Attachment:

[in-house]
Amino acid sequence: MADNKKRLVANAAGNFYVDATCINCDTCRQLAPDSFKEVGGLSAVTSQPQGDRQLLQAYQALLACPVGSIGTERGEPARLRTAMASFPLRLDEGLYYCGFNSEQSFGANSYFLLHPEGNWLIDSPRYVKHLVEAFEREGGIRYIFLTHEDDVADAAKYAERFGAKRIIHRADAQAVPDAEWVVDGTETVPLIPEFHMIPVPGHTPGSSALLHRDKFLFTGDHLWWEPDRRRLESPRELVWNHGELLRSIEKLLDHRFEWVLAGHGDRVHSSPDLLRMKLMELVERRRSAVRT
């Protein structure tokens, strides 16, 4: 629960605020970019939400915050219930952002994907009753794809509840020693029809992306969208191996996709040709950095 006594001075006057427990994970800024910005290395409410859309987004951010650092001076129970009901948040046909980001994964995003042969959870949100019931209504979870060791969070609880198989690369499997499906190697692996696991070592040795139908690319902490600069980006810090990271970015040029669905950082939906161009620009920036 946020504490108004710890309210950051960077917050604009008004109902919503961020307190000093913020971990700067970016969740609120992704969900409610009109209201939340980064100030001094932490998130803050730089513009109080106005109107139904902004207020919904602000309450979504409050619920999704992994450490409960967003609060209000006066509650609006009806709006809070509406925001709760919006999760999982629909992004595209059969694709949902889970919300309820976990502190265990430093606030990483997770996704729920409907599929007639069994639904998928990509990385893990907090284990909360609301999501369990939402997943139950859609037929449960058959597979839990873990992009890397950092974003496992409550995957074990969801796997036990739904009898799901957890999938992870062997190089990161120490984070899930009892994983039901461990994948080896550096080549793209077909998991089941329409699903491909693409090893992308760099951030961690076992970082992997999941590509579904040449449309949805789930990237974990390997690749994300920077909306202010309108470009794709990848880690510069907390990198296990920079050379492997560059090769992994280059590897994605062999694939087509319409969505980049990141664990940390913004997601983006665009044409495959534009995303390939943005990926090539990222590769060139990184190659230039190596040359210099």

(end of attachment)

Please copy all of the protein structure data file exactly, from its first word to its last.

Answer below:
[in-house]
Amino acid sequence: MADNKKRLVANAAGNFYVDATCINCDTCRQLAPDSFKEVGGLSAVTSQPQGDRQLLQAYQALLACPVGSIGTERGEPARLRTAMASFPLRLDEGLYYCGFNSEQSFGANSYFLLHPEGNWLIDSPRYVKHLVEAFEREGGIRYIFLTHEDDVADAAKYAERFGAKRIIHRADAQAVPDAEWVVDGTETVPLIPEFHMIPVPGHTPGSSALLHRDKFLFTGDHLWWEPDRRRLESPRELVWNHGELLRSIEKLLDHRFEWVLAGHGDRVHSSPDLLRMKLMELVERRRSAVRT
């Protein structure tokens, strides 16, 4: 629960605020970019939400915050219930952002994907009753794809509840020693029809992306969208191996996709040709950095 006594001075006057427990994970800024910005290395409410859309987004951010650092001076129970009901948040046909980001994964995003042969959870949100019931209504979870060791969070609880198989690369499997499906190697692996696991070592040795139908690319902490600069980006810090990271970015040029669905950082939906161009620009920036 946020504490108004710890309210950051960077917050604009008004109902919503961020307190000093913020971990700067970016969740609120992704969900409610009109209201939340980064100030001094932490998130803050730089513009109080106005109107139904902004207020919904602000309450979504409050619920999704992994450490409960967003609060209000006066509650609006009806709006809070509406925001709760919006999760999982629909992004595209059969694709949902889970919300309820976990502190265990430093606030990483997770996704729920409907599929007639069994639904998928990509990385893990907090284990909360609301999501369990939402997943139950859609037929449960058959597979839990873990992009890397950092974003496992409550995957074990969801796997036990739904009898799901957890999938992870062997190089990161120490984070899930009892994983039901461990994948080896550096080549793209077909998991089941329409699903491909693409090893992308760099951030961690076992970082992997999941590509579904040449449309949805789930990237974990390997690749994300920077909306202010309108470009794709990848880690510069907390990198296990920079050379492997560059090769992994280059590897994605062999694939087509319409969505980049990141664990940390913004997601983006665009044409495959534009995303390939943005990926090539990222590769060139990184190659230039190596040359210099």